Theiler 2010 (Dr. Olaf- a nationalist specialist in NATO’s Operations Division in the International Staff of NATO, NATO Tensions No Cause for Alarm, Atlatic Community, http://www.acus.org/new_atlanticist/nato-tensions-no-cause-alarm)
Efforts from both sides and changes of Governments have contributed to closing the transatlantic rift. Therefore, NATO should be able to define the current level of solidarity and cohesion much more precisely in the upcoming strategic concept. This could then be the starting point for renewed Alliance cohesion. The unpredictable security environment is in fact helpful in preserving this consensus whereas a new existential threat would probably cause new and even deeper frictions. A new imminent threat would rather inspire the formation of new alliances within or beyond today's NATO as the level of threat (-perception) would differ in terms of diverging interests and geography. So far this could be avoided and, beyond media speculation, there have been no real signs yet of a real breakup of NATO in a near future. A recent Council of Foreign Relations Study stated rightfully that "While the bonds across the Atlantic might be frayed, they are stronger than those tying the United States to other parts of the World". The same is true for all European Nations since NATO enables its members to cooperate with allies in a way that would be practically impossible without formal institutions, in place military structures, and - most importantly - defined rules and procedures for consensus building. However, building consensus was never easy in NATO. The current problems the Alliance has to face in Afghanistan and at its home fronts will not make it easier. The processes described above, though, allow for a considerable amount of optimism that NATO will again be able to overcome these difficulties, reach a new consensus and maintain its cohesion.
NATO strong. Allies are all committed to the alliance.
Rasmussen 2010 (Anders Fogh- general secretary of NATO, “On Alliance Solidarity in the 21st Century”, NATO Institute, http://www.nato.int/cps/en/natolive/opinions_62699.htm)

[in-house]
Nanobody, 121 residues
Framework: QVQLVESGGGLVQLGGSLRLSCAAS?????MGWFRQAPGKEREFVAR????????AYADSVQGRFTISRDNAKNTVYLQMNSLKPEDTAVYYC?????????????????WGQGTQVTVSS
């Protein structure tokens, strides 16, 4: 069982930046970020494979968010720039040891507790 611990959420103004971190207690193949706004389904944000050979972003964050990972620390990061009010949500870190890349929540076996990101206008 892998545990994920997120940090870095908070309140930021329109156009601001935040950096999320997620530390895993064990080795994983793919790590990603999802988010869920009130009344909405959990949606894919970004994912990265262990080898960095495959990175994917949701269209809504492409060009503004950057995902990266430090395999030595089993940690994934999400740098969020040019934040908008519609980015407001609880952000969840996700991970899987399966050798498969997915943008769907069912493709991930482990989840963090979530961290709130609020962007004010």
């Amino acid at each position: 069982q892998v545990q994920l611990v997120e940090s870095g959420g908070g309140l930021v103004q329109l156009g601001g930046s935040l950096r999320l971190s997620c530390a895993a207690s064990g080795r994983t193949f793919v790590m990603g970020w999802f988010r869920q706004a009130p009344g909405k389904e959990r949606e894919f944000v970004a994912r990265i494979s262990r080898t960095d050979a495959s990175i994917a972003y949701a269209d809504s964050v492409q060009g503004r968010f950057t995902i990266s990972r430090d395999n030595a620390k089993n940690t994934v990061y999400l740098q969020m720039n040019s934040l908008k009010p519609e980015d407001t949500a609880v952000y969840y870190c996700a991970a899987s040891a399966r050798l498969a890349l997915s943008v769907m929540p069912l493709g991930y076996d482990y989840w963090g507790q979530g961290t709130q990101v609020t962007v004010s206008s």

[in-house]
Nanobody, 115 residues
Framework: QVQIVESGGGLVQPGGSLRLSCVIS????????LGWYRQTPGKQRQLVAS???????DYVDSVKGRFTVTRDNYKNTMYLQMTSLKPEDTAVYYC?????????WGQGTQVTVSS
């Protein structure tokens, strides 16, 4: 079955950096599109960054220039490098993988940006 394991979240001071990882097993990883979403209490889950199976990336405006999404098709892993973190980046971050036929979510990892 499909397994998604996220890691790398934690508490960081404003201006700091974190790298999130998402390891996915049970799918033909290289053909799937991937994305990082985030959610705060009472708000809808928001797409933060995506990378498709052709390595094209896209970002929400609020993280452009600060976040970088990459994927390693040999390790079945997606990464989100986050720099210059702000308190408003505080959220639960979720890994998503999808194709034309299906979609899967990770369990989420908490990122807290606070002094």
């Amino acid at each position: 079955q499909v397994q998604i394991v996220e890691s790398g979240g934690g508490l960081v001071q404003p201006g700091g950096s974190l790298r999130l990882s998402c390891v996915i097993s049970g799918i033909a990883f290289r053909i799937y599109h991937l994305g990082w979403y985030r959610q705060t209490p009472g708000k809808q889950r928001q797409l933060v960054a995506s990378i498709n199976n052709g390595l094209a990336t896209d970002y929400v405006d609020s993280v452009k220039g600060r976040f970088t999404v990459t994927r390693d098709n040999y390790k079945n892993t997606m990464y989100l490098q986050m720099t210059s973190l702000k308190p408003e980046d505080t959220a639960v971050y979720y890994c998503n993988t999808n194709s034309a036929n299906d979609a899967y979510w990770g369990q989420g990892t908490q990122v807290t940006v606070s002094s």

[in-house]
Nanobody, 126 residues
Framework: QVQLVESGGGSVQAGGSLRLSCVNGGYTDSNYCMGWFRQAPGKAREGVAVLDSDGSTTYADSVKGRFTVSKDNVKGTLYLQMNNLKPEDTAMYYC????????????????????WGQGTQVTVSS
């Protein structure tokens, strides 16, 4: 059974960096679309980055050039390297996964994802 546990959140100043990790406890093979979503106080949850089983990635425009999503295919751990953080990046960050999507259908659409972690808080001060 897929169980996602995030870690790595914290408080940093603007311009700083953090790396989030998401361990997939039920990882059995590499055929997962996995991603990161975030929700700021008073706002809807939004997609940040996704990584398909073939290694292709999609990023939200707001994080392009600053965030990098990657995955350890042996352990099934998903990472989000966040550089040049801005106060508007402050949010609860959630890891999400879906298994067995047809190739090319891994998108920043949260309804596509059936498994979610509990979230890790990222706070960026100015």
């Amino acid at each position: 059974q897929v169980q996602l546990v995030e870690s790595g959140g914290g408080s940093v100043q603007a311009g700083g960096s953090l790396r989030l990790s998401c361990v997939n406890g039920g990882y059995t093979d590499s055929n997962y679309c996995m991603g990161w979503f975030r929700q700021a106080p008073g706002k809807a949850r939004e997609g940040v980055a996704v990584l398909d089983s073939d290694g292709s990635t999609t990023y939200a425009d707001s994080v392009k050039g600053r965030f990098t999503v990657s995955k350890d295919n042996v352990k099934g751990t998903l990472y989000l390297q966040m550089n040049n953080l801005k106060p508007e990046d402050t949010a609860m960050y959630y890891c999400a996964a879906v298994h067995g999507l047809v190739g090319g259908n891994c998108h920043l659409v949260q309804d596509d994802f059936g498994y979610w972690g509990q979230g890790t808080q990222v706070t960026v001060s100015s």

After the Cold War ended, it was Alliance solidarity that was the determining factor in restoring stability to the Balkans. Every member of the Alliance contributed. NATO-led, UN-mandated stabilisation forces in Bosnia and Kosovo were an example of NATO solidarity in action. Alliance solidarity that was strengthened by a range of NATO partners and other countries, which all saw merit in working with NATO to restore peace and stability in South East Europe. Allies continue to demonstrate an unfailing commitment to solidarity today -- every day. By its very nature, the NATO Alliance encourages and promotes solidarity -- through its consensus based decision making, but also through the way it implements those decisions. To illustrate this point, let me give you three specific examples of how the Alliance is delivering solidarity – and hence security --today. First, we are delivering solidarity through our unflinching commitment to territorial defence. This core task of NATO is embodied in Article 5 of our founding treaty: An attack on one Ally is considered an attack on all. This is the very foundation of our Alliance -- and it is what makes our members feel safe and secure. To be successful in defending our territories and protecting our populations, we need a number of things. We need the right type of military capabilities. We need modern and mobile armed forces. Armed forces that are not static. Forces that are able to deploy quickly to assist an Ally in need. We also need a visible presence of NATO across the entire territory of our Alliance. And we see a perfect example here in this region. We have put in place arrangements to police the Baltic airspace. A range of NATO members are actively engaged -- sharing responsibility -- showing solidarity – and demonstrating a capable and credible Alliance that is determined to defend our territory and to protect our populations. We also need to guard against new risks and threats to the security of our nations, such as energy cut-offs or cyber attacks. And here as well, we have a good example right here in Estonia, with the Alliance’s Cyber Defence Centre of Excellence. What we also need is a credible nuclear deterrent. We should work towards a world without nuclear weapons. I share that great vision. But we must retain a nuclear capability as long as there are rogue regimes or terrorist groupings that may pose a nuclear threat to us. And for this reason, we also need a credible missile defence system, providing coverage for all the Allies. The United States already has a missile defence system. Some European Allies have a capacity to protect deployed forces against missile attacks. But of course we must be able to also protect our populations – all our populations. If we connect national systems into a NATO wide missile shield to protect all our Allies, that would be a very powerful demonstration of NATO solidarity in the 21st Century. And I hope we can make progress in that direction by the time of the next NATO Summit in Lisbon in November. Ladies and gentlemen, our security today cannot be viewed only through the narrow perspective of defence at our borders, in the way it used to be in the Cold War. Today, threats can originate a long way from our borders, yet still have the potential to hit us at home. Responding to those threats far away from our borders is the second area where NATO is delivering solidarity today. And nowhere is this strong, common sense of purpose more visible than in Afghanistan. The terrorists who attacked the United States on “9/11” were trained in and instructed from Afghanistan. The day after – on 12 September – the Allies invoked the Article 5 collective defence clause, for the first time in NATO’s history. That decision was the strongest possible expression of Alliance solidarity. And it was taken swiftly and without hesitation. We all considered the attack on the US an attack against us all. And we all stood by the United States in their hour of need. Today, that same solidarity remains a key feature of our engagement in Afghanistan. Every single Ally, as well as many partners, are actively contributing to our UN-mandated mission. When President Obama last year decided to contribute 30.000 more American troops to Afghanistan, the other Allies stepped up to the plate as well and pledged almost 10,000 extra troops. Despite the difficulties, all the Allies showed a clear commitment to solidarity within the Alliance.